Libya’s new interim leaders have assured world leaders they will build a society full of tolerance and respect for the rule of law.

Speaking at a Paris meeting, National Transitional Council (NTC) head Mustafa Abdel Jalil promised a new constitution and elections within 18 months.

French President Nicolas Sarkozy, who chaired the meeting, stressed the need for “reconciliation and forgiveness”.

He said air strikes would go on as long as ex-leader Col Gaddafi was a threat.

Mr Sarkozy said all 63 nations at the meeting were committed to returning frozen assets to the Libyan people.

Col Gaddafi has still not been captured by the interim authorities.

In an audio message broadcast on a loyalist TV channel on Thursday, he vowed he would never surrender.

He was speaking on the 42nd anniversary of his emergence as Libya’s leader, which until last year was an occasion for annual celebrations in the country.

This year there were flag-waving celebrations in Tripoli’s main square to mark the date – only the flags were the black, green and red colours of the NTC rather than the all-green of the Gaddafi regime, and the square is now known as Martyrs’ Square, rather than the Green Square.

Continued involvement

Mr Sarkozy held the conference jointly with UK Prime Minister David Cameron – the two leaders who were instrumental in passing the UN resolution that allowed Nato forces to intervene in Libya.

And both men stressed that Nato would continue its involvement as long as it was needed to protect civilians.

“We are determined to continued with Nato strikes for as long as Mr Gaddafi and his supporters represent a threat to Libya,” said Mr Sarkozy.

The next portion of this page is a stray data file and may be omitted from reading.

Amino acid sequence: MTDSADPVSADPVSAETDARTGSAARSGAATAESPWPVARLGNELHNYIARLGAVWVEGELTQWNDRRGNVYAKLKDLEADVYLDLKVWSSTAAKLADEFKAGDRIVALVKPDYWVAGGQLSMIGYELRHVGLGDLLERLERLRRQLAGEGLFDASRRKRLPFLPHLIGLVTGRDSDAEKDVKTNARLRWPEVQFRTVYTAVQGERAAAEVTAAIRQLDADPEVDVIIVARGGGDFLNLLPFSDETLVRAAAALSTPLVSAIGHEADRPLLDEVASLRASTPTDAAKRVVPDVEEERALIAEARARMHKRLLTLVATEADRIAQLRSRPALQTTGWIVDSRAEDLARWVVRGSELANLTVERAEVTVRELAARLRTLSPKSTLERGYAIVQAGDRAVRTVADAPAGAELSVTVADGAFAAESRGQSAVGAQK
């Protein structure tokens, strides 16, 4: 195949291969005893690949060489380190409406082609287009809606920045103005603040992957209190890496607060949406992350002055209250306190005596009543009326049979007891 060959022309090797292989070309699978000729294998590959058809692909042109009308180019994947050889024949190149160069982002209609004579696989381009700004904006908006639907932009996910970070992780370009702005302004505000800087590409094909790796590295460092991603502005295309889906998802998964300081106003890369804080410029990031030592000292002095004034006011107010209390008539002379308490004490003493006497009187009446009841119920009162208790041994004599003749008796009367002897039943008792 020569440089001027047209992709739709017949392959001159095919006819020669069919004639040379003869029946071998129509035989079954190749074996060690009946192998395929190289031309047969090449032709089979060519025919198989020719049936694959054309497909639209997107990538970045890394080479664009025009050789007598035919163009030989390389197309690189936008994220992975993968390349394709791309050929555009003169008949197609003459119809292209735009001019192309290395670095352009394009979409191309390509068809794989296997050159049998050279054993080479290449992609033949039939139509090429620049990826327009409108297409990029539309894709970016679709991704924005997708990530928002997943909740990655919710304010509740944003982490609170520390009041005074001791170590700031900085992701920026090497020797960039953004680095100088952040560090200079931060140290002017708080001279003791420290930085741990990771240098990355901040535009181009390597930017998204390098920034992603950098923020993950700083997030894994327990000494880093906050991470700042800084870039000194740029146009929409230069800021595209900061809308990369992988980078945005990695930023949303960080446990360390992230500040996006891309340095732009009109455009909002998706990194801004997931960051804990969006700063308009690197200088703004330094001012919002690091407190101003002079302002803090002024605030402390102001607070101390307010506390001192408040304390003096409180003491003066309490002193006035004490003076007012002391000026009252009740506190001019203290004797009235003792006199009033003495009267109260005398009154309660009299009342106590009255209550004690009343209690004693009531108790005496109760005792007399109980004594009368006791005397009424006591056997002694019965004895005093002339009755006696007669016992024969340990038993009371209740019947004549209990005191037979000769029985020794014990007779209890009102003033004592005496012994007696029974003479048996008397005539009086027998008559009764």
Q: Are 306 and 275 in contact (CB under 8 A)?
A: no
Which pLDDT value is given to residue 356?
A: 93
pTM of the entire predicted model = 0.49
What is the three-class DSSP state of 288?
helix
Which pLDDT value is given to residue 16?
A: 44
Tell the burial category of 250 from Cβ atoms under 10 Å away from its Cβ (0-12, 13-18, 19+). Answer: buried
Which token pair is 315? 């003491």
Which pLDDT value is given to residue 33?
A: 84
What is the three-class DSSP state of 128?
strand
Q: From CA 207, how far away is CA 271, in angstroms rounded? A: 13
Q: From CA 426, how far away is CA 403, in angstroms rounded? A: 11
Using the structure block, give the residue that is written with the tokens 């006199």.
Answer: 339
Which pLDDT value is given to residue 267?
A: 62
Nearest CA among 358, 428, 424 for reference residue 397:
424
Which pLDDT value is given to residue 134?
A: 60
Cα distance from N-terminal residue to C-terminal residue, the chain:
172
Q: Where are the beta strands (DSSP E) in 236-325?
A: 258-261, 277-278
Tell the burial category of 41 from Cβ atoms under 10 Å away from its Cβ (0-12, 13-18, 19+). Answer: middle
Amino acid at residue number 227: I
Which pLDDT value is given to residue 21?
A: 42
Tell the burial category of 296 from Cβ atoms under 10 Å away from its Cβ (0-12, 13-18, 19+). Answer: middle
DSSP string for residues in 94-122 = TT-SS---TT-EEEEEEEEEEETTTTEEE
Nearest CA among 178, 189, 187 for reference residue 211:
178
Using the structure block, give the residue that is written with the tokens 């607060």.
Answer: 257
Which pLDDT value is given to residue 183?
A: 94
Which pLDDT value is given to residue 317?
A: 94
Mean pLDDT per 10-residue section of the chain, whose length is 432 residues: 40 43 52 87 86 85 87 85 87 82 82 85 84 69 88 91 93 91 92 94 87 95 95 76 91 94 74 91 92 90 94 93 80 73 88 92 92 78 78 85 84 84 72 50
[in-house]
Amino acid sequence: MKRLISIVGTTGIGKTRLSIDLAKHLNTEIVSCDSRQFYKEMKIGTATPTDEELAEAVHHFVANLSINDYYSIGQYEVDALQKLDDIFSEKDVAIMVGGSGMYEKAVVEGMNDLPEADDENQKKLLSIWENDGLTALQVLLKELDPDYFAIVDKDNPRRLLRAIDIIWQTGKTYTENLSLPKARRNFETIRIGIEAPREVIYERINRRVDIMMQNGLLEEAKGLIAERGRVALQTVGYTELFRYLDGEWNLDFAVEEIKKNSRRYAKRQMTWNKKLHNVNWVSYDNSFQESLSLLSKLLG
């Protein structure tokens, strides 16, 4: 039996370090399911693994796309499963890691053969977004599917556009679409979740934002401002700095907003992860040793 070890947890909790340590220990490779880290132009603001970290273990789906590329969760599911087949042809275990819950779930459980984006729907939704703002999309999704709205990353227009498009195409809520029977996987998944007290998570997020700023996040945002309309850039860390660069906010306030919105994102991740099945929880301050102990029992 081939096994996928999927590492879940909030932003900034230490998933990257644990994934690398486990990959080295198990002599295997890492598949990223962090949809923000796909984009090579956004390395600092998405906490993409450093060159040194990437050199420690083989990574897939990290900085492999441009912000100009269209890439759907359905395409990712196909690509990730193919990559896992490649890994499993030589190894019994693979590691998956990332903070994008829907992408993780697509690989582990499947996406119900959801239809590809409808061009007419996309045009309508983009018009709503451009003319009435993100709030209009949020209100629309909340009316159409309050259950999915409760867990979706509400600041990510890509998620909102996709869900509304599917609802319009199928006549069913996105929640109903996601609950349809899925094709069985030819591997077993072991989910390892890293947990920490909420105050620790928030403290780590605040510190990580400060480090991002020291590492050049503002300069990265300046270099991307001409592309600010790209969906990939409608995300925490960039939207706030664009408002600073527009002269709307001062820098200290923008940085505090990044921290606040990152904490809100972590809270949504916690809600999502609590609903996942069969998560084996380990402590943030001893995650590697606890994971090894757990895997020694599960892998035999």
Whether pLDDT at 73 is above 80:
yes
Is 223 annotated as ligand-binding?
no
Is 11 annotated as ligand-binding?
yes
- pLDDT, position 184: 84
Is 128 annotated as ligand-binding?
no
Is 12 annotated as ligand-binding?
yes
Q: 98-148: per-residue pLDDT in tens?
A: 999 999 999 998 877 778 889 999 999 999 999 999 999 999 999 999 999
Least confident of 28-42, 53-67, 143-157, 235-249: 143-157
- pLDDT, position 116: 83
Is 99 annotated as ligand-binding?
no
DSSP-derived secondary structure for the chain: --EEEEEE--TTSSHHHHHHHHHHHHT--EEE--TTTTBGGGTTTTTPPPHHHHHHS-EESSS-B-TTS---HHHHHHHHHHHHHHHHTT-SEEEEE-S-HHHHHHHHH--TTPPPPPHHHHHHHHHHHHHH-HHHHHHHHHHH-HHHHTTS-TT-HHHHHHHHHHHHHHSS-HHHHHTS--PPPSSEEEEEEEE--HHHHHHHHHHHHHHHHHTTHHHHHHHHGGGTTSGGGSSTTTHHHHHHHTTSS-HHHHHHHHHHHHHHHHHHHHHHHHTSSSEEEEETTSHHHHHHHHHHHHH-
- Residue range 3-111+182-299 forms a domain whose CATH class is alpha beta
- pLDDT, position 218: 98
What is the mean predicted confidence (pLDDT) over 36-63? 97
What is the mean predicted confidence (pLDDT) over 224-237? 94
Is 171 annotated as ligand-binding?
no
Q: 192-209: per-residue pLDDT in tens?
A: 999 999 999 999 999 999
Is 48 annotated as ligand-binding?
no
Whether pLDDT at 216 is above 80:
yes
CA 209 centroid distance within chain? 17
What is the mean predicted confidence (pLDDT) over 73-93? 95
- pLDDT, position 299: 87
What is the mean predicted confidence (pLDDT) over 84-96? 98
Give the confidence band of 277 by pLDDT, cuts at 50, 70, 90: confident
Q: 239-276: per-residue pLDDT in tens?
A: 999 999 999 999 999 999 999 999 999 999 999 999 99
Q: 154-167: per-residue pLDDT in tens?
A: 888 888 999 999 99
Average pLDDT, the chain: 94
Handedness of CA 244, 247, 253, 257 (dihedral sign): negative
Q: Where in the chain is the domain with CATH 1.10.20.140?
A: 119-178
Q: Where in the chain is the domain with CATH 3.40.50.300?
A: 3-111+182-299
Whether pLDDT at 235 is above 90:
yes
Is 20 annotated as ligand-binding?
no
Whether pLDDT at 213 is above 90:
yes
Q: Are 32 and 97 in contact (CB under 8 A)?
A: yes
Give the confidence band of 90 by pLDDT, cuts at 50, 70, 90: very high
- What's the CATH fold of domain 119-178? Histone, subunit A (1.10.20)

And Mr Sarkozy said everyone had agreed to unfreeze assets blocked when Col Gaddafi was still in power.

“After going around the table, it’s about $15bn of Libyan assets in our countries that are immediately unfrozen,” he said.

He added that the NTC must engage in reconciliation in order to avoid the mistakes made in other countries.

Mr Cameron urged the council to make sure perpetrators of the “unspeakable crimes” that were coming to light in Tripoli were brought to justice.

Speaking to the BBC after the conference, Mr Cameron said that although there might be difficult days ahead for Libya, there had been a moral imperative for foreign intervention to “stop a slaughter”.

“Success in Libya means the Arab Spring can continue, and I think that’s good for democracy,” Mr Cameron told the BBC’s Today programme. “Gaddafi was a monster, he was responsible for appalling crimes including crimes in this country, and the world is better off without him.”


Meanwhile, Mr Jalil said it was now up to the Libyan people to push ahead with reconciliation.

“It’s up to you [the Libyan people] to accomplish what we promised: stability, peace and reconciliation,” he said.

“We have to make sure that we fulfil our side of the deal. We must have security in Libya. Tolerance and forgiveness must be promoted. The state of law must be respected.”

The BBC’s Chris Morris in Paris says the gathering is full of symbolism, coming on the 42nd anniversary of Col Gaddafi’s emergence as the leader of the coup that overthrew King Idris.

But it is a sign that the NTC has been accepted by most of the world as the new face of Libya and that the international focus is beginning to move from conflict to reconstruction.

The EU announced on Thursday that it had lifted sanctions on 28 entities – including oil firms and port authorities – to help the NTC get the economy moving again. The decision will take effect on Friday.

The NTC received a further diplomatic boost on Thursday when Russia formally recognised its authority.